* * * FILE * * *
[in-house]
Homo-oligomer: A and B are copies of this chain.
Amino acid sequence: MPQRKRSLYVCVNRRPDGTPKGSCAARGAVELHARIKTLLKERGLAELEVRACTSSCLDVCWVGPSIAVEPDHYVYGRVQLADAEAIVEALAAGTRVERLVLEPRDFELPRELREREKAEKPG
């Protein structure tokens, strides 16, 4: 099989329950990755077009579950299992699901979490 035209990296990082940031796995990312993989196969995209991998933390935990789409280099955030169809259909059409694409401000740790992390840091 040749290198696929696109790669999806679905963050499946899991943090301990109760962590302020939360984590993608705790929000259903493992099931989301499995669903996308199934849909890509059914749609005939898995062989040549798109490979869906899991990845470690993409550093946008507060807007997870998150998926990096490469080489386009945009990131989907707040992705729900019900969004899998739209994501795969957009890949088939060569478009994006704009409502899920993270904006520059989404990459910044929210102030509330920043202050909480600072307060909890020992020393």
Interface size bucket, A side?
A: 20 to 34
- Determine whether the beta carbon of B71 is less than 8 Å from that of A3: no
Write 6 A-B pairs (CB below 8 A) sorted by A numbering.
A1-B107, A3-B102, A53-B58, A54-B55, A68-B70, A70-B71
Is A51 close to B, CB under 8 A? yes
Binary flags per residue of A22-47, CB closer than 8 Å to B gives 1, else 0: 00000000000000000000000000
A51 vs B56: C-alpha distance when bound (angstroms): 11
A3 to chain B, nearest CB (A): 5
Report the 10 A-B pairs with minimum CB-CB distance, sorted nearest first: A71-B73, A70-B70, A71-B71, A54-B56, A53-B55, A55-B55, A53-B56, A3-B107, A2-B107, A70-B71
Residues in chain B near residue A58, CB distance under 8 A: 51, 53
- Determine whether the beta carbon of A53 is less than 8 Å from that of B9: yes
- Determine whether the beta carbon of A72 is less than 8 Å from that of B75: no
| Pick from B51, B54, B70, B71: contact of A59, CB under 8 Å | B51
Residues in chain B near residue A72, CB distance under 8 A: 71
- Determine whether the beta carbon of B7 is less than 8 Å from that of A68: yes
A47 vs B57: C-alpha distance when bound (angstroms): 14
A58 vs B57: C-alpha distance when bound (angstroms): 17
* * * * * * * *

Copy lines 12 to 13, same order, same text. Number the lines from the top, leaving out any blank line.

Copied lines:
A51 vs B56: C-alpha distance when bound (angstroms): 11
A3 to chain B, nearest CB (A): 5